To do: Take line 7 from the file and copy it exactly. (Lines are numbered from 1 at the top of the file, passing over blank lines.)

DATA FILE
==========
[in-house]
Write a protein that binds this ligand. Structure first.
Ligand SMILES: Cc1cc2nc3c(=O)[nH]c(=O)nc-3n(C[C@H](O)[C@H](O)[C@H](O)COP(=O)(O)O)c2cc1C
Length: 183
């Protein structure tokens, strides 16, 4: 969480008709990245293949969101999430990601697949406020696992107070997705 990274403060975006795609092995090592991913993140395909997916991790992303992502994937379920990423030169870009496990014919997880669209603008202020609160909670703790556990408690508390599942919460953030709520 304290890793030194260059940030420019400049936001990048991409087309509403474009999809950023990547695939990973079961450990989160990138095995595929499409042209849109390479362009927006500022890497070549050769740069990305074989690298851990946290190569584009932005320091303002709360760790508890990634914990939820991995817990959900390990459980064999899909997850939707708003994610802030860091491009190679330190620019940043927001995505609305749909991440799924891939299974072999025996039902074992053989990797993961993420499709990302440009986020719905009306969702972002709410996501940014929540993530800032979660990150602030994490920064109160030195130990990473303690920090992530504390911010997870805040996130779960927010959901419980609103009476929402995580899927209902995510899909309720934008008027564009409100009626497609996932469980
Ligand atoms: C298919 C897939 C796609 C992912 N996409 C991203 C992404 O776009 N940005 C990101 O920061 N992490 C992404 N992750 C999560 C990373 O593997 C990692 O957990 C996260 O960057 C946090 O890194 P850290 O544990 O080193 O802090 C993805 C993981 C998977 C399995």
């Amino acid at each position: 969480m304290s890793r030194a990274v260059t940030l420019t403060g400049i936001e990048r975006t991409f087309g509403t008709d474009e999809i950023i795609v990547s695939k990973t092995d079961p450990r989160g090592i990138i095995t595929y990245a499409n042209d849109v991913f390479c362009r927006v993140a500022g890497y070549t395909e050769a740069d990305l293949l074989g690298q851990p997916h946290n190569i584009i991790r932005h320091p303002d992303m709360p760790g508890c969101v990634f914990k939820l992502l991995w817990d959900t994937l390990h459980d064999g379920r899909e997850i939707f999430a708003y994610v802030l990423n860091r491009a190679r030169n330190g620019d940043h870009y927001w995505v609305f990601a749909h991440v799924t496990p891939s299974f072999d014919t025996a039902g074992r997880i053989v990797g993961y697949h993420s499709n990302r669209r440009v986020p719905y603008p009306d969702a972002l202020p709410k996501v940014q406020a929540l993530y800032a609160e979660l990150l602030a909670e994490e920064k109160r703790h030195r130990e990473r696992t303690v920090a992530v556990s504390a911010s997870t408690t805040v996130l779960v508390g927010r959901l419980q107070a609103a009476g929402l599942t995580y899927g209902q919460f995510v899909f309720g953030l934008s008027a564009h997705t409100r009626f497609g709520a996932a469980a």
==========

């Amino acid at each position: 969480m304290s890793r030194a990274v260059t940030l420019t403060g400049i936001e990048r975006t991409f087309g509403t008709d474009e999809i950023i795609v990547s695939k990973t092995d079961p450990r989160g090592i990138i095995t595929y990245a499409n042209d849109v991913f390479c362009r927006v993140a500022g890497y070549t395909e050769a740069d990305l293949l074989g690298q851990p997916h946290n190569i584009i991790r932005h320091p303002d992303m709360p760790g508890c969101v990634f914990k939820l992502l991995w817990d959900t994937l390990h459980d064999g379920r899909e997850i939707f999430a708003y994610v802030l990423n860091r491009a190679r030169n330190g620019d940043h870009y927001w995505v609305f990601a749909h991440v799924t496990p891939s299974f072999d014919t025996a039902g074992r997880i053989v990797g993961y697949h993420s499709n990302r669209r440009v986020p719905y603008p009306d969702a972002l202020p709410k996501v940014q406020a929540l993530y800032a609160e979660l990150l602030a909670e994490e920064k109160r703790h030195r130990e990473r696992t303690v920090a992530v556990s504390a911010s997870t408690t805040v996130l779960v508390g927010r959901l419980q107070a609103a009476g929402l599942t995580y899927g209902q919460f995510v899909f309720g953030l934008s008027a564009h997705t409100r009626f497609g709520a996932a469980a």